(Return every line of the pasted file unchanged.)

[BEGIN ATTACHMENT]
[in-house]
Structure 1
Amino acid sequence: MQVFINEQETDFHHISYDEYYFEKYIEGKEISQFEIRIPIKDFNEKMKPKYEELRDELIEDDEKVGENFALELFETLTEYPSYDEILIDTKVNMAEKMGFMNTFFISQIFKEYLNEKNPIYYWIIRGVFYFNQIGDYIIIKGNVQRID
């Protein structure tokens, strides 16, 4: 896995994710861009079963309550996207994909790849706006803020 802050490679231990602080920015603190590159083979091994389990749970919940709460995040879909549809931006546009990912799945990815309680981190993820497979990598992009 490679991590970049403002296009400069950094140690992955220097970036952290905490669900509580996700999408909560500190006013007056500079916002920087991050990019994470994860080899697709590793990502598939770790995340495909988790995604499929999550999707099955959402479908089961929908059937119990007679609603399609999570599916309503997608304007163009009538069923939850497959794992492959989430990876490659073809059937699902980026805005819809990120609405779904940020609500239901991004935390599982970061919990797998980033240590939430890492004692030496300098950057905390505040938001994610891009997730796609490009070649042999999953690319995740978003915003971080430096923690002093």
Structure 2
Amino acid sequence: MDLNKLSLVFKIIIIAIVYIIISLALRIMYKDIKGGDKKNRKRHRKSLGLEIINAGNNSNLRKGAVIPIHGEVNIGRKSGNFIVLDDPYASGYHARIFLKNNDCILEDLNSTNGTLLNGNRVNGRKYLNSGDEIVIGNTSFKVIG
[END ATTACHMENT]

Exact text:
[in-house]
Structure 1
Amino acid sequence: MQVFINEQETDFHHISYDEYYFEKYIEGKEISQFEIRIPIKDFNEKMKPKYEELRDELIEDDEKVGENFALELFETLTEYPSYDEILIDTKVNMAEKMGFMNTFFISQIFKEYLNEKNPIYYWIIRGVFYFNQIGDYIIIKGNVQRID
């Protein structure tokens, strides 16, 4: 896995994710861009079963309550996207994909790849706006803020 802050490679231990602080920015603190590159083979091994389990749970919940709460995040879909549809931006546009990912799945990815309680981190993820497979990598992009 490679991590970049403002296009400069950094140690992955220097970036952290905490669900509580996700999408909560500190006013007056500079916002920087991050990019994470994860080899697709590793990502598939770790995340495909988790995604499929999550999707099955959402479908089961929908059937119990007679609603399609999570599916309503997608304007163009009538069923939850497959794992492959989430990876490659073809059937699902980026805005819809990120609405779904940020609500239901991004935390599982970061919990797998980033240590939430890492004692030496300098950057905390505040938001994610891009997730796609490009070649042999999953690319995740978003915003971080430096923690002093």
Structure 2
Amino acid sequence: MDLNKLSLVFKIIIIAIVYIIISLALRIMYKDIKGGDKKNRKRHRKSLGLEIINAGNNSNLRKGAVIPIHGEVNIGRKSGNFIVLDDPYASGYHARIFLKNNDCILEDLNSTNGTLLNGNRVNGRKYLNSGDEIVIGNTSFKVIG